The 2011 NFL season has often been deemed "The Year of the Tight End". With the emergence of players at the position across the league, it appears that the evolution of this once unnoticed job has come full circle. Players like Jimmy Graham, Brandon Pettigrew and the Bengals' own Jermaine Gresham have led the charge of a group of exciting playmakers at the position. A sure sign of the importance of the position can be found in one of this year's Super Bowl participants, the New England Patriots, as they have two Pro Bowl tight ends on their roster in Aaron Hernandez and Rob Gronkowski.
But before this group of exciting players were a couple of men that revolutionized the position over thirty years ago. The most notable tight end from the earlier generation is that of Hall of Famer. But the Bengals had a big play tight end of their own in No. 89, Dan Ross. He was a key figure in the Bengals Super Bowl run in 1981, and now that this year's Super Bowl is upon us once again, Ross is a player that evokes images of the glory days in Bengals history.
Though he also chronicles the agonizing Bengals defeat at the hands of the 49ers in Super Bowl almost twenty-five years ago, Jimmy Zanor of The Shoreline Times took an opportunity to reflect on the overall career and impact of a player like Ross.
Most Bengals fans following the team today didn't have the opportunity to watch Ross' greatness--myself included. But, as Zanor writes, Ross' effect on the game of football and the Super Bowl has lasted three decades:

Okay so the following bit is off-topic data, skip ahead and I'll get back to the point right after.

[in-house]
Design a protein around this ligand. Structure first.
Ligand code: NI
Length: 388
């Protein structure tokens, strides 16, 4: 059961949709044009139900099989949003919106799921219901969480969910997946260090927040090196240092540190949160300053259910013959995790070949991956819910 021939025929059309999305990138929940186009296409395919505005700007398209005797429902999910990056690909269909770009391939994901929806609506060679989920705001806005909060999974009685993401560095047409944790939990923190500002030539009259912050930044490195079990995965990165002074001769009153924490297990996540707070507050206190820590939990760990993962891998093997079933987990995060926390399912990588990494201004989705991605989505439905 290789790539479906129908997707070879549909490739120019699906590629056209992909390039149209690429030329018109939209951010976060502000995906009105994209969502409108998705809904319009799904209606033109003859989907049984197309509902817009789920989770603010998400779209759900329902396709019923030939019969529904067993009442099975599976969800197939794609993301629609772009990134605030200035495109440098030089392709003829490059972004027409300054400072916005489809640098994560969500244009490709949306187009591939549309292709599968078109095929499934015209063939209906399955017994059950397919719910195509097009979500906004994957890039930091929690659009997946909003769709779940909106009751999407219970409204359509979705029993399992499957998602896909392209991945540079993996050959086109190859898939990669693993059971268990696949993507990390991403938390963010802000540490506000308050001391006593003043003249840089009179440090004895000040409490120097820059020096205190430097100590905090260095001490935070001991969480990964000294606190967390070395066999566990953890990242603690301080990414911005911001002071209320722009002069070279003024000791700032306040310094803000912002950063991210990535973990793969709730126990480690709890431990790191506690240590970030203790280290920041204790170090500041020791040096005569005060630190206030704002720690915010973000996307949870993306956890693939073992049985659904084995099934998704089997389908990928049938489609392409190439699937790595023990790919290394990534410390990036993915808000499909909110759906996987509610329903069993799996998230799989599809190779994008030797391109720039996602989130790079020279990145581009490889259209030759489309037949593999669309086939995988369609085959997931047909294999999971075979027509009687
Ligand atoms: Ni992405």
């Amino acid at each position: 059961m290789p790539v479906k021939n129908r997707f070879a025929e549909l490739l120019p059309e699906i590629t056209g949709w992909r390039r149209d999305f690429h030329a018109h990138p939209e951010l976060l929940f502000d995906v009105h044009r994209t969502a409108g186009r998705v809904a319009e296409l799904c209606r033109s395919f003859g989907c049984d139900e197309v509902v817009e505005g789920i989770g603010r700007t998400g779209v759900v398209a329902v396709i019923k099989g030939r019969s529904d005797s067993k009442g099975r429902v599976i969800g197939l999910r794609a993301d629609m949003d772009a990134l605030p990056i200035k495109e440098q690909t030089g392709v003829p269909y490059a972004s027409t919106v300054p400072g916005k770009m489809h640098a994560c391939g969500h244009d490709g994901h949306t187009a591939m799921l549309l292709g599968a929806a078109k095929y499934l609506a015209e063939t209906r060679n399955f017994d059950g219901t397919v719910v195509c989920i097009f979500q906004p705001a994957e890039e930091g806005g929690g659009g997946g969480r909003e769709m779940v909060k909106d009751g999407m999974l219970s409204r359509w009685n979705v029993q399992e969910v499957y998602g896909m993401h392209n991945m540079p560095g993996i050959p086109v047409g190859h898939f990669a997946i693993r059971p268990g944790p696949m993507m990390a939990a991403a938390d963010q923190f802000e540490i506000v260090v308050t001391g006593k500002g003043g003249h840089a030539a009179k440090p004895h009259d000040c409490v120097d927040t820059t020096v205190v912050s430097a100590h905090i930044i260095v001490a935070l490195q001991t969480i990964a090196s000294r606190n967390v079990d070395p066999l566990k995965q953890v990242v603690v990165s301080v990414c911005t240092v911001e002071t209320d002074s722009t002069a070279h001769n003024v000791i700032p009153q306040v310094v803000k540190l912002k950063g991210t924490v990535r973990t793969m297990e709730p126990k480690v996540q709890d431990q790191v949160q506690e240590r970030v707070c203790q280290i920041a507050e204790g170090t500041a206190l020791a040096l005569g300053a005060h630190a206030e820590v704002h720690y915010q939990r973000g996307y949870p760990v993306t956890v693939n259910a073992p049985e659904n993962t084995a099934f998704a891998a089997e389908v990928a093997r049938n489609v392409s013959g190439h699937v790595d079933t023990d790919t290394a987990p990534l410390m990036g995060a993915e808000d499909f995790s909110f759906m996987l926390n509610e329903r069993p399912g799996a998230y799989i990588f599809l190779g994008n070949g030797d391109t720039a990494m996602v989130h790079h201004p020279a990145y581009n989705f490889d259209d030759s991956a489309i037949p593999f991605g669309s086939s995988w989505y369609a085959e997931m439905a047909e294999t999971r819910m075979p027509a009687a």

With Cincinnati trailing 20-7 early in the third quarter quarterback Ken Anderson found Ross in the middle of the end zone for a four-yard touchdown score to make it 20-14. Ross’ TD catch was also his eighth reception of the game, tying him with George Sauer, who hauled in eight passes from Joe Namath in the New York Jets stunnning16-7 victory over the Baltimore Colts in Super Bowl III.
Ross broke the record with less than two minutes left to play on a 16-yard pass play from Anderson. Ross added an 8-yard reception before capping his amazing day with another touchdown catch with just 16 seconds left.
Ross finished with a Super Bowl record 11 receptions for 104 yards and two touchdowns.
Though that Super Bowl record has since been tied, it has never been broken. Such modern day superstars like Wes Welker and Jerry Rice have matched that record-holding reception number, but no other tight end in Super Bowl history has come close to it.
Ross played professional football in both the USFL and NFL for nine seasons and made the Pro Bowl after the 1982 season. He was inducted into the College Football Hall of Fame, despite attending the unheralded program out of Northeastern University. Sadly, Ross passed away in 2006 at the young age of 49. He collapsed at home after taking a jog, subsequently ending his life.
Ross remains a cult favorite among Bengals fans. There were much more notable Bengals names during Ross' generation, such as Cris Collinsworth, Ken Anderson and Isaac Curtis. Along with those names, it took a true underdog like Ross to help bring the team to the precipice of a championship with his own contributions. Ross was one of the earliest versions of the athletic tight end that was a big-play threat at any point in a game. He was one of a few from thirty years ago that have helped mold the position to its exciting status that it holds today. So when you watch the Super Bowl this Sunday and see the tight ends making plays to help their respective teams, remember Dan Ross, his Super Bowl record and his Bengals legacy.